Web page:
"Personally, I think this somehow gets to what is REALLY wrong with baseball. It isn't that baseball lacks a salary cap but that baseball lacks a means to regulate the OWNERS whose whims and behavior guide a franchises likelihood of success regardless of the franchise. There is a reason that certain smaller market teams (Minnesota) win and others do not win. There is a reason certain large market teams always win (Yankees) while others don't. And every franchise including the Yankees and Pirates can attribute a huge proportion of their success/failure in what their ownership has done. And yet we still have done or proposed nothing to regulate this. And while it is true that a salary cap is a partial regulation, it simply rewards the do nothing owners at the expense of the do it all owners. We need a better way."

Why do we need to regulate the owners? Why is it not part of the game that some owners try harder to win or are simply better at winning? By this logic, should we regulate the managers? The coaches? and how exactly do we (and who are we anyway) regulate this perceived problem? Do we take away franchises from owners who are foolish? Do we penalize owners who are too smart?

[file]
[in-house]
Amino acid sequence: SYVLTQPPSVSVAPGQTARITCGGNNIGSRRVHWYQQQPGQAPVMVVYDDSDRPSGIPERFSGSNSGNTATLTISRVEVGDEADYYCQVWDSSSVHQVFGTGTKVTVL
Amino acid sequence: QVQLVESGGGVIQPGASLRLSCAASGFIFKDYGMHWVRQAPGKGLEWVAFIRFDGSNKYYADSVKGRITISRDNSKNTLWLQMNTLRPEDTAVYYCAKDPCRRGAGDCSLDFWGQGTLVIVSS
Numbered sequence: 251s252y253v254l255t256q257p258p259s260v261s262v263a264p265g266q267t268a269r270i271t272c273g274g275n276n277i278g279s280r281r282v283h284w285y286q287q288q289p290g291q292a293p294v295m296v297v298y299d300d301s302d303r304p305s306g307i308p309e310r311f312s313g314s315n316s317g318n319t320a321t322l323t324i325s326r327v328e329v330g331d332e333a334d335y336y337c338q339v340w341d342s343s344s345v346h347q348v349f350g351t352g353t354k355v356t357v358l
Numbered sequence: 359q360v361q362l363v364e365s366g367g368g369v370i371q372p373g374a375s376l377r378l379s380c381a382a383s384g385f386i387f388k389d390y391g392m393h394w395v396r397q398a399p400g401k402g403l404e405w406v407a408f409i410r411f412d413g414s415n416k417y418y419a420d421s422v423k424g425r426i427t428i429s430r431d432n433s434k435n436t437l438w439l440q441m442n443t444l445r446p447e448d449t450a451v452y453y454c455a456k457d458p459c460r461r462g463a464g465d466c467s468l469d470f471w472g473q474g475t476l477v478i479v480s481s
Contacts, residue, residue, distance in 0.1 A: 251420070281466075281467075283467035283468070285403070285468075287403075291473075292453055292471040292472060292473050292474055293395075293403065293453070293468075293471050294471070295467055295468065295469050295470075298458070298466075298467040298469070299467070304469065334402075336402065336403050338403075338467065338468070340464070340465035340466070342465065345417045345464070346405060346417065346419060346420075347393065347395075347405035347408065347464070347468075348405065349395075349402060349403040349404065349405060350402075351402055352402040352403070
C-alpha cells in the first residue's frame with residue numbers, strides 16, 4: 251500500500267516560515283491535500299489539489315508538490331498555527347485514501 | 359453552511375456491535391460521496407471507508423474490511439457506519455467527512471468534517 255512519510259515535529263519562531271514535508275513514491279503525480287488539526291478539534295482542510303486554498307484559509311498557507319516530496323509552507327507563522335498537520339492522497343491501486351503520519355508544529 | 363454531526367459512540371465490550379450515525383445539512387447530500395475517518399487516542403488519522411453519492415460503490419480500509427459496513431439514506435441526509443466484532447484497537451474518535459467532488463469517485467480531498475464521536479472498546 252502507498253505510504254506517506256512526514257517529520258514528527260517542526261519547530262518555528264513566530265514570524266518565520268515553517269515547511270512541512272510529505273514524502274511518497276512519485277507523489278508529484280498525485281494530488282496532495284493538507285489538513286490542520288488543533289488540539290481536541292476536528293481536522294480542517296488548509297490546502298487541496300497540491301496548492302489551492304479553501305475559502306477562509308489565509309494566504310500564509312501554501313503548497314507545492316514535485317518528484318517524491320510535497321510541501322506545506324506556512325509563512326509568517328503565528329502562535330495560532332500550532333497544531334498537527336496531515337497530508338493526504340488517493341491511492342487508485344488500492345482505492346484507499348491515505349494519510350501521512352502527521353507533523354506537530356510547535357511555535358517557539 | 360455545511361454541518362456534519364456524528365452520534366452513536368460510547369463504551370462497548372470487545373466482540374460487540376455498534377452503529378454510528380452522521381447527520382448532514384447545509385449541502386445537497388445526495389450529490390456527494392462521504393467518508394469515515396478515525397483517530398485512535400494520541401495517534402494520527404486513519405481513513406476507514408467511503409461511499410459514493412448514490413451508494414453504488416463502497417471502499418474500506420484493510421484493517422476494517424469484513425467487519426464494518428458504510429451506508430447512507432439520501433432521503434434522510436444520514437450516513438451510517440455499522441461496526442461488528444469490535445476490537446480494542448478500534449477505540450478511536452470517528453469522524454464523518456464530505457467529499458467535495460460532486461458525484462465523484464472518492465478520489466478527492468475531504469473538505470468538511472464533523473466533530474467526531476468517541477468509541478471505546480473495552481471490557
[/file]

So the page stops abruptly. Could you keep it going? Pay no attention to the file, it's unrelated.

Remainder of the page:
The argument seems to posit that winning baseball teams are some sort of entitlement to which we have a right. It's entertainment, and if you (the consumers/fans) don't like the product then you can stop buying it or change brands (switch allegiance).

Now, the owners may decide that from a business standpoint it is better to impose more competitiveness on the part of fellow owners, but that is a decision for the owners (or the players for that matter, who may argue that incompetent owners hurt their market value and who with their union can bargain for some say in how the team(s) are run).

And anyway, what sport regulates their owners in the way suggested? No owner in the NFL is prevented from doing dumb things with his team, if he or she wants.

2005-06-19 15:38:48
8.   seamus
You are right. Sports teams should be there only for the entertainment of the super rich and the rest of us can't attach ourselves to a team for life because if we don't like what those rich brats do we should just like a different team even though we'll then get ridiculed for that by other fans.

The issue isn't whether or not winning is an entitlement, but that if these sports are to live up to their hype, and their roles in our lives, that all fans deserve a team that tries to win in action and not just words.

All sports regulate their owners to a certain extent. However, their are ownership models that help resolve the problems of millions of fans becoming disenfranchised at the whims of a few rich figures.

2005-06-19 16:23:57
9.   monkeypants